Jonathan Kozol (Ordinary Resurrections) wrote later on that poor (usually minority) children were looked upon as different from other kids, part of a culture of poverty that made them “quasi-children” or “morally disabled children.” Children of the slums were seen as criminals-to-be or “premature adults.” This prompted teachers to use “a peculiar arsenal of reconstructive strategies and stick-and-carrot ideologies that would wouldn’t be accepted for one hour by the parents or teachers of the upper middle class.” Loewen writes:

Even when poor children are fortunate enough to attend the same school as rich children, they encounter teachers who expect only children of affluent families to know the right answers. Social science research shows that teachers are often surprised and even distressed when poor children excel. Teachers and counselors believe they can predict who is “college material.” Since many working-class children give off the wrong signals, even in first grade, they end up in the “general education” track in high school. “If you are the child of low-income parents, the chances are good that you will receive limited and often careless attention from adults in your high school,” in the words of Theodore Sizer’s bestselling study of American schools, Horace’s Compromise. “If you are the child of upper-middle class-income parents, the chances are good that you will receive substantial and careful attention.” Researcher Reba Page has provided vivid accounts of how high school American history courses use rote learning to turn off lower-class students…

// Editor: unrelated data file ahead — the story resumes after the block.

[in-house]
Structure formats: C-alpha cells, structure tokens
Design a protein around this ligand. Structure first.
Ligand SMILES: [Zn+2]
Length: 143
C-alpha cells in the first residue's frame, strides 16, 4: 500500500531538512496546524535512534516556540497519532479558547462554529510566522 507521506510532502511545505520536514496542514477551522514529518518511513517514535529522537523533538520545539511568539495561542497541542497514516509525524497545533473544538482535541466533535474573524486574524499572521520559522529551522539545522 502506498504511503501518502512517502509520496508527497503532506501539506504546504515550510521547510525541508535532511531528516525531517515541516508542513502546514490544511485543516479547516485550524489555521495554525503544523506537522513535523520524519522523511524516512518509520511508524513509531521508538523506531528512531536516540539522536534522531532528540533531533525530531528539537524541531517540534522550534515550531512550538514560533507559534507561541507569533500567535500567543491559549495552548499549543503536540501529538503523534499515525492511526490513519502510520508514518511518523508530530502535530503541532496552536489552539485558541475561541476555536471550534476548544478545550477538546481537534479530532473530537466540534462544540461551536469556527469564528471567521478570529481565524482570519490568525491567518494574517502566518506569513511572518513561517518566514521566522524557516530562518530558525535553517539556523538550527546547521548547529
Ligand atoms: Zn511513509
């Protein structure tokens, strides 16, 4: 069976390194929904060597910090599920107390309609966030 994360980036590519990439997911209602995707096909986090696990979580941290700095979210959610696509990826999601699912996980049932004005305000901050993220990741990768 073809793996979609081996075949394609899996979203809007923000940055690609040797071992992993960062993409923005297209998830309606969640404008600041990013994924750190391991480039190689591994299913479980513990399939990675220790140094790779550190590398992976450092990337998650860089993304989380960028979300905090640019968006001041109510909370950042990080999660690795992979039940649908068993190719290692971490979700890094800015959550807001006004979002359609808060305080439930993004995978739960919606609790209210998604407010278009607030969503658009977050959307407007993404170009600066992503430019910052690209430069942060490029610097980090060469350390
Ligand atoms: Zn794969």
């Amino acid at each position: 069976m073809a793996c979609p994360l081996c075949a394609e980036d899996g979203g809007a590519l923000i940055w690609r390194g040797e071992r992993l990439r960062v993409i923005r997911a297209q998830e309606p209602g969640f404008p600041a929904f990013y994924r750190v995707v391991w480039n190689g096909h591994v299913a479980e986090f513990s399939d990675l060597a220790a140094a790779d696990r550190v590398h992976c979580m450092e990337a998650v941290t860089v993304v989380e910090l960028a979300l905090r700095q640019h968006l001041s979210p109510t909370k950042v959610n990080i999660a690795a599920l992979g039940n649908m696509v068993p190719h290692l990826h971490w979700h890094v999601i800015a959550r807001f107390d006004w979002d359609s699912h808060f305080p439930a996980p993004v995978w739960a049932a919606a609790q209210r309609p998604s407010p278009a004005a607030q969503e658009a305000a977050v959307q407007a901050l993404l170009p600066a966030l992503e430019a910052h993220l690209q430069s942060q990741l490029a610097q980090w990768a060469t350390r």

He also notes:

As if this unequal home and school life were not enough, rich teenagers then enroll in the Princeton Review or other coaching sessions for the Scholastic Aptitude Test. Even without coaching, affluent children are advantaged because their background is similar to that of the test makers, so they are comfortable with the vocabulary and subtle subcultural assumptions of the test. To no one’s surprise, social class correlates strongly with SAT scores.

Indeed, the poorest students score on average 400 points below the wealthiest students on the SAT; many score so low they will not be admitted to 4-year colleges.